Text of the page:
Two California Restaurants Enlist Restaurant Technologies’ Total Oil Management™ Solution for Food Quality, Employee Safety and Sustainable Operations
MINNEAPOLIS – May 15, 2013 – It took some time for McDonald’s area supervisor Andy Suckiel to embrace automated oil management for the two California franchises he oversees in San Juan Capistrano and San Clemente. Today, with four years of experience using Restaurant Technologies’, Inc.® (RTI) oil management solution, it’s difficult for him to imagine any other approach.
“The automated filtering and oil changing system has become a way of life for us – it’s just a better way to optimize food quality and eliminate a significant risk to employee safety,” said Suckiel. “It’s an understatement to say that my team would not welcome going back to carrying hot oil out the back door.”
Suckiel and veteran McDonald’s franchise owner Ross Pollard were slow to embrace the new technology – despite corporate endorsement of the RTI system. But after a few site visits to observe other franchisees using the system, they soon changed their minds.
“The stores were cleaner, both inside and outside,” Suckiel said. “Work flow was more efficient, fryer filtration was automated, oil storage bins were gone, and the grease traps were eliminated. No one was trucking up and down stairs with jibs. We immediately saw the safety benefits – no worry about slips, falls and burns.”
The impact on food quality was equally obvious when the pair watched the technology in action. The web-based Total Oil Management™ (TOM™) portal delivers oil monitoring data from fryer sensors to an online dashboard. Suckiel can now track filtration frequency in real time, analyzing oil quality and usage statistics for comparison against McDonald’s best-practices recommendations.
“If we’re not achieving the recommended days-of-use standard for our oil, we can look into variables that impact oil life performance and immediately course correct,” Suckiel said. “Maximizing the life of oil is the basis to creating great-tasting food – the McDonald’s brand and reputation.”
On a quarterly basis, he also uses a conversion efficiency report to benchmark his stores’ performance on key food-taste factors – like the food-to-oil ratio – against other McDonald’s franchises.
The switch to RTI closed-loop oil handling is also proving the link between green operation and profitable management. As part of the McDonald’s sustainability initiative influencing restaurant rebuilds and remodels, Pollard’s stores combine the RTI system with new low oil volume (LOV) fryers that use 50 percent less oil than traditional fryers. Lower oil consumption and precision filtration monitoring, combined with less time and energy to heat the units, is the right thing for the bottom line and the environment.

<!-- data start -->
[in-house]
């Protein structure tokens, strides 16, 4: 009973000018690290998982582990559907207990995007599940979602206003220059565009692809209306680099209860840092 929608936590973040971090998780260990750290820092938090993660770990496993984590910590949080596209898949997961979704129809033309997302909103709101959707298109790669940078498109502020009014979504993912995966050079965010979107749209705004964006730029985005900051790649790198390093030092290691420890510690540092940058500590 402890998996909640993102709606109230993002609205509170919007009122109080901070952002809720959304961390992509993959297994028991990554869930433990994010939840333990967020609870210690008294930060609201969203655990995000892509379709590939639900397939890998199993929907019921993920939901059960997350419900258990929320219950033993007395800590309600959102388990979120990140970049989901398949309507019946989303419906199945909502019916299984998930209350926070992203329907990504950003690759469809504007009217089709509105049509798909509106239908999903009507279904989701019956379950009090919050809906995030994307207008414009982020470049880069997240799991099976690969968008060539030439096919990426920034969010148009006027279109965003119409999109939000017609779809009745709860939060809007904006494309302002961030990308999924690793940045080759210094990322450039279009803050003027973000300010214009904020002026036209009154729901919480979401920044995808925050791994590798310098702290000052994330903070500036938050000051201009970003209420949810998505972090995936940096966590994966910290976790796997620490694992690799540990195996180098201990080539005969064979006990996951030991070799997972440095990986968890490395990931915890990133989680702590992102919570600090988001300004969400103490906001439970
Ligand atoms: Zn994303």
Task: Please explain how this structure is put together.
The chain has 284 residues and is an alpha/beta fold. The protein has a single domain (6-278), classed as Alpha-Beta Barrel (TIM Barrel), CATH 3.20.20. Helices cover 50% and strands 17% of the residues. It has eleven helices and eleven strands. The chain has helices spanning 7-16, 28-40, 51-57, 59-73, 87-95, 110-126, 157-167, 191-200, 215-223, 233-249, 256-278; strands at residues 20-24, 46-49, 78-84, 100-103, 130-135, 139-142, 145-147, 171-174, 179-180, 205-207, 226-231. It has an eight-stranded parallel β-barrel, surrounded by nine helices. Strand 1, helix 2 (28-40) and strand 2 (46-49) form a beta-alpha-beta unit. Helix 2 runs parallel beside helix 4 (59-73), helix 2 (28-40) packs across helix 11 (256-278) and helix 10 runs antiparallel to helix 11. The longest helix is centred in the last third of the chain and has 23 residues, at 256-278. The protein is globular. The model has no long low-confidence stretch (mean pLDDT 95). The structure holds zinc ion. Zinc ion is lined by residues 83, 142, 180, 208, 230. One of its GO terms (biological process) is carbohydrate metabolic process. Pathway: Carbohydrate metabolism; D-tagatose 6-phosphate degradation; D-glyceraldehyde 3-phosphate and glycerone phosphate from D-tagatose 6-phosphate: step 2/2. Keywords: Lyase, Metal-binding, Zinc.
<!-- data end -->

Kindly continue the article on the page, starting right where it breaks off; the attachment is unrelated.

Before switching to automated oil management, Pollard’s operations were exposed to greater risk of employee injury. The stores also lost out on potential revenue from the sale of recycled oil because of handling difficulties associated with manual collection and pick-up – and the potential for theft when used oil is stored outside a building.
“Stealing used oil has become a legitimate concern for restaurant owners because of its value in the production of synthetic oils and biodiesel,” Suckiel said. “We don’t have that concern. RTI comes on site regularly to remove the used oil from the waste tank located inside the building.”
RTI – Restaurant Technologies Inc.
Restaurant Technologies, Inc. (RTI) is the leader in smart, safe, sustainable oil and operations management technology for the food service industry. The company’s fully automated oil storage, handling and disposal management system helps increase worker safety, improve restaurant cleanliness and minimize frying oil inconveniences. RTI data-management solutions provide restaurant decision-makers with increased visibility into oil usage for better food quality and consistency. Headquartered in Mendota Heights, Minn., RTI serves more than 19,000 customers via 41 oil depots throughout the U.S.